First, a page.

Integrating ecosystem studies: A Bayesian comparison of hypotheses

By: , and 
Edited by: F. FunkT.J. Quinn IIJ. HeifetzJ.N. IanelliJ.E. PowersJ.F. SchweigertP.J. Sullivan, and C.-I. Zhang



Ecosystem studies are difficult to interpret because of the complexity and number of pathways that may affect a phenomenon of interest. It is not possible to study all aspects of a problem; thus subjective judgment is required to weigh what has been observed in the context of components that were not studied but may have been important. This subjective judgment is usually a poorly documented and ad hoc addendum to a statistical analysis of the data. We present a Bayesian methodology for documenting, quantifying, and incorporating these necessary subjective elements into an ecosystem study. The end product of this methodology is the probability of each of the competing hypotheses. As an example, this method is applied to an ecosystem study designed to discriminate among competing hypotheses for a low abundance of sea otters at a previously oiled site in Prince William Sound, Alaska.

Additional publication details

Publication type Conference Paper
Publication Subtype Conference Paper
Title Integrating ecosystem studies: A Bayesian comparison of hypotheses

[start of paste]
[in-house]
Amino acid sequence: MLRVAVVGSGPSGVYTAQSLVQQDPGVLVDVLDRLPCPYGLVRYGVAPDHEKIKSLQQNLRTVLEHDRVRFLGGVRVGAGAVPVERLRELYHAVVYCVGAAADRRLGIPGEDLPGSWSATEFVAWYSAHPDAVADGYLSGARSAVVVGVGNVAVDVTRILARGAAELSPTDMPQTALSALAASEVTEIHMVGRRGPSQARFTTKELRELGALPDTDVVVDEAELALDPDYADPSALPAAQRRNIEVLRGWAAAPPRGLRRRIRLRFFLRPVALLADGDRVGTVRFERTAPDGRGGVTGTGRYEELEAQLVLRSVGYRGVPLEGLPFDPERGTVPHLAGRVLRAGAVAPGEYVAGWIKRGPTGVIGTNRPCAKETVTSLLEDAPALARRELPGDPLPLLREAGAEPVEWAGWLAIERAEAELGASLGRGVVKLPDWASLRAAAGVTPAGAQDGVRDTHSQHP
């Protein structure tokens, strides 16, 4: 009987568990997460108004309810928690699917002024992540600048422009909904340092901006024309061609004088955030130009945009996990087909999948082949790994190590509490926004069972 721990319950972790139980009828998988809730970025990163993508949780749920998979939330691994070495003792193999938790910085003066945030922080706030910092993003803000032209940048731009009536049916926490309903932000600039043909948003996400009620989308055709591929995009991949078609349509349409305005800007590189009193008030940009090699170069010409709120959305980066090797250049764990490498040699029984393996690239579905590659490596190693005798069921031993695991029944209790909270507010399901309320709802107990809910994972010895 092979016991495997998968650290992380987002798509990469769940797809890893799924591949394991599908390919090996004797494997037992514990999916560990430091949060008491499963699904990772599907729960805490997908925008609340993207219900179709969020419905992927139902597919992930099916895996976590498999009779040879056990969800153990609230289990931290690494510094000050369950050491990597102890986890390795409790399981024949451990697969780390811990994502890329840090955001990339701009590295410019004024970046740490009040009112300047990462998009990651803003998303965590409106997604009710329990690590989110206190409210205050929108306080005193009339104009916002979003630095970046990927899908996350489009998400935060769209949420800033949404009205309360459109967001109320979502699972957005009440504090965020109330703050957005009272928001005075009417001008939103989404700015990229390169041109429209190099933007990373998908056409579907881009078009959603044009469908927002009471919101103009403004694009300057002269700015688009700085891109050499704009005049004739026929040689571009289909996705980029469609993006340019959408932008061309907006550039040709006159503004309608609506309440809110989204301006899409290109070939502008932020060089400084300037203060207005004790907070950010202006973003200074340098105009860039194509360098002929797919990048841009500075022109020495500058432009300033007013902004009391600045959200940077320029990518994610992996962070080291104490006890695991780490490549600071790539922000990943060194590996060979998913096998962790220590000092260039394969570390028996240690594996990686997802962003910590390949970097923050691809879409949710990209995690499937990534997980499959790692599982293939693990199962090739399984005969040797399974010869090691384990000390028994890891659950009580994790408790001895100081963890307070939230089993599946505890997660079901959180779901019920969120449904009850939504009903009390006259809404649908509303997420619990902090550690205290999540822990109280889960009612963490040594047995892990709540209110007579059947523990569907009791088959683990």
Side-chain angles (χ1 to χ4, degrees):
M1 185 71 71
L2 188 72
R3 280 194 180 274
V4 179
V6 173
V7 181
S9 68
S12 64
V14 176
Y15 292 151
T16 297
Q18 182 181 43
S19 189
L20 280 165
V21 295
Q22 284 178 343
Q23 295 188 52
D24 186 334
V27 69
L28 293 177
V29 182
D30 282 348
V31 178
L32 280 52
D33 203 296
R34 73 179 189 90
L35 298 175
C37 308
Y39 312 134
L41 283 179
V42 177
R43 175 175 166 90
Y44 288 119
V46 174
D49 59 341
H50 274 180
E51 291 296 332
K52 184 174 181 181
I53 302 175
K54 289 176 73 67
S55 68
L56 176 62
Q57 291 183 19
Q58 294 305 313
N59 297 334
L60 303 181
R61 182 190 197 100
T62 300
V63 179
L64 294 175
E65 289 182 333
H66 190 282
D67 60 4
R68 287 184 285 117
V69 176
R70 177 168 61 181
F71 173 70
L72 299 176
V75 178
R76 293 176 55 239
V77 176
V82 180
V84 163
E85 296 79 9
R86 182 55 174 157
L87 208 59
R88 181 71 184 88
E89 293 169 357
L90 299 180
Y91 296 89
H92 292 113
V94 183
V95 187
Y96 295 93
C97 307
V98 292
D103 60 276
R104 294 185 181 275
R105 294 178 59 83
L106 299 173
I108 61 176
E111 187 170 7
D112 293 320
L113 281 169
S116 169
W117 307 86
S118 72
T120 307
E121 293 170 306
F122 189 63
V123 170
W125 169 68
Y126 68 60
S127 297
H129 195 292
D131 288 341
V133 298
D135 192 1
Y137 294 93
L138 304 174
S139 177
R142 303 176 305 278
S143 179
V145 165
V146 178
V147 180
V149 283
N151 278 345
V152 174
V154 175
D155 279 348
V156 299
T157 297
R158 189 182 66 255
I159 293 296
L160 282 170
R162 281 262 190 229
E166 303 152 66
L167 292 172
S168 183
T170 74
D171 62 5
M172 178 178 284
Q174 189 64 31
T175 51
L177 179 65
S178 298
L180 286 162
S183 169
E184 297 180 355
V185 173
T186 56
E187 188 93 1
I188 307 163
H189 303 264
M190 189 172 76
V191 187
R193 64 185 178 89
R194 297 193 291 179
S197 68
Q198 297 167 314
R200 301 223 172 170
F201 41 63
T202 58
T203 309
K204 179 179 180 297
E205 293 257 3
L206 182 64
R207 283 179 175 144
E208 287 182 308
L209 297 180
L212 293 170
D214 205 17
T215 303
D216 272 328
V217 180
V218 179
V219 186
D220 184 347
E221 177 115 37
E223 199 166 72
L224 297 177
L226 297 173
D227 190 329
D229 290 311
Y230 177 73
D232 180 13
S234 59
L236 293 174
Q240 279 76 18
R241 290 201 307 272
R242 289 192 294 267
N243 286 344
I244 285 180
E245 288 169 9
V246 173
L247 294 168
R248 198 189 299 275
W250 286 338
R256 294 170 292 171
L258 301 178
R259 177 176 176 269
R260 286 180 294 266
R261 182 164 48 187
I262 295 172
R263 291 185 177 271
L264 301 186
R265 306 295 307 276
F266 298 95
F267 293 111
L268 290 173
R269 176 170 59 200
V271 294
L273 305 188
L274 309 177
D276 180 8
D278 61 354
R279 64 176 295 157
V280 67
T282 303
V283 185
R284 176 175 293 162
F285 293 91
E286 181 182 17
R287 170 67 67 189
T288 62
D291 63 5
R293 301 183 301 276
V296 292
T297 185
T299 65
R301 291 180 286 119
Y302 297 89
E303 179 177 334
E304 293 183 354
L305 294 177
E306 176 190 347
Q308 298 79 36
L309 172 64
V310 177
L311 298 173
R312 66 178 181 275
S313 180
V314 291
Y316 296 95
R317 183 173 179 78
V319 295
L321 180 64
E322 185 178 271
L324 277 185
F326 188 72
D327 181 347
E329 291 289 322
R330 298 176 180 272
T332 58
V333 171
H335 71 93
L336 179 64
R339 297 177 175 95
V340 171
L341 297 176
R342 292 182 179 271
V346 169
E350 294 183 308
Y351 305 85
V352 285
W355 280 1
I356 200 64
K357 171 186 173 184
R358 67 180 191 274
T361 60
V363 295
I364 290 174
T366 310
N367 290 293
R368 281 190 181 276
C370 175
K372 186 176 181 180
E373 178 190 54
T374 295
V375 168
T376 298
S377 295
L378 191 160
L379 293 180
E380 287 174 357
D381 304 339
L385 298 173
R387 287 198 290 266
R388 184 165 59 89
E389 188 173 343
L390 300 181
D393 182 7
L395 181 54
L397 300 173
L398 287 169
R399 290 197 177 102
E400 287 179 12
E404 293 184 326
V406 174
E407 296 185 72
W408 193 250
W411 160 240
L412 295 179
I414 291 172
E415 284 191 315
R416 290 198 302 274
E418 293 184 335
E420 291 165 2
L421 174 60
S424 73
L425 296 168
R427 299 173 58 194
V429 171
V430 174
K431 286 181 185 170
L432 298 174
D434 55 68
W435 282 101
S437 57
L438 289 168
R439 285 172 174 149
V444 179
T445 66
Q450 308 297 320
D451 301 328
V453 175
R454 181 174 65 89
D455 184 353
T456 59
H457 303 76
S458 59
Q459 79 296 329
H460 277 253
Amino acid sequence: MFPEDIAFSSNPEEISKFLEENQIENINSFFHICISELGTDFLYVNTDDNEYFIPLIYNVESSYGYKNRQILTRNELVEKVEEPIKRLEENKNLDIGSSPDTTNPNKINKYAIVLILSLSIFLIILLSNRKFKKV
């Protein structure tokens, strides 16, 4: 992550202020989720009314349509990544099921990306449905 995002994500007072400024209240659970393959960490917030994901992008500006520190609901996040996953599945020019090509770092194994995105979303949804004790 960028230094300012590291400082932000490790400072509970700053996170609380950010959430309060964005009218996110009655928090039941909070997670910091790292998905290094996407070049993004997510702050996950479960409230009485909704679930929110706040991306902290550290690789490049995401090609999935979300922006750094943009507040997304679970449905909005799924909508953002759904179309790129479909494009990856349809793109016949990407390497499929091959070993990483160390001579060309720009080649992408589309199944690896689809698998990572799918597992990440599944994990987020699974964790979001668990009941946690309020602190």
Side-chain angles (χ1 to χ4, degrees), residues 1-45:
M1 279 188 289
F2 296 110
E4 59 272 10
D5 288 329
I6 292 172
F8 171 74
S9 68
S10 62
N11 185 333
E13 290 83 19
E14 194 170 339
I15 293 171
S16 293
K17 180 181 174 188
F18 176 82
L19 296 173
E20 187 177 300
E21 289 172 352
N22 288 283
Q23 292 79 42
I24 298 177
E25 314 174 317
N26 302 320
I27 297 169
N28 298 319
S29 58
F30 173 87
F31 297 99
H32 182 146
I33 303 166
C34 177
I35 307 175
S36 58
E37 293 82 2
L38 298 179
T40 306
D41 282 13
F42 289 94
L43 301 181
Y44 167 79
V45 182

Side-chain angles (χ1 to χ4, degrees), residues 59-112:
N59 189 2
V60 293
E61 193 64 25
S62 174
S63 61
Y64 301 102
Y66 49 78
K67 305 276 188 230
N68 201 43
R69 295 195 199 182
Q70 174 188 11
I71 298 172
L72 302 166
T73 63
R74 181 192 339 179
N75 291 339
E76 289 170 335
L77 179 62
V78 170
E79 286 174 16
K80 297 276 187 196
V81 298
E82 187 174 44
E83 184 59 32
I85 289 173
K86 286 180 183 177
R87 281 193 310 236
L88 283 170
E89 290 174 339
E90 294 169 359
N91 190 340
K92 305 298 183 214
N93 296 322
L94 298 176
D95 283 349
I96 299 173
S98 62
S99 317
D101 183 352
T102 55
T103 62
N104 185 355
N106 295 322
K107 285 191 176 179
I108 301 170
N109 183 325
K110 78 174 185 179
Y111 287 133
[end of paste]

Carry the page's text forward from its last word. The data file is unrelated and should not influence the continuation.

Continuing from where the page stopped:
ISBN 978-1-56612-057-9
DOI 10.4027/fsam.1998
Year Published 1998
Language English
Publisher Alaska Sea Grant College Program, University of Alaska Fairbanks
Publisher location Anchorage, AK
Contributing office(s) Alaska Science Center
Description 15 p.
Larger Work Type Book
Larger Work Subtype Conference publication
Larger Work Title Proceedings of the international symposium on fishery stock assessment models for the 21st century; 15th Lowell Wakefield fisheries symposium
First page 495
Last page 509
Public Comments Larger Work is University of Alaska Sea Grant College Program report no. AK-SG-98-01
Conference Title International Symposium on Fishery Stock Assessment Models for the 21st Century; 15th Lowell Wakefield Fisheries Symposium
Conference Location Fairbanks, AK
Conference Date October 8-11, 1997
Country United States
State Alaska
Other Geospatial Prince William Sound
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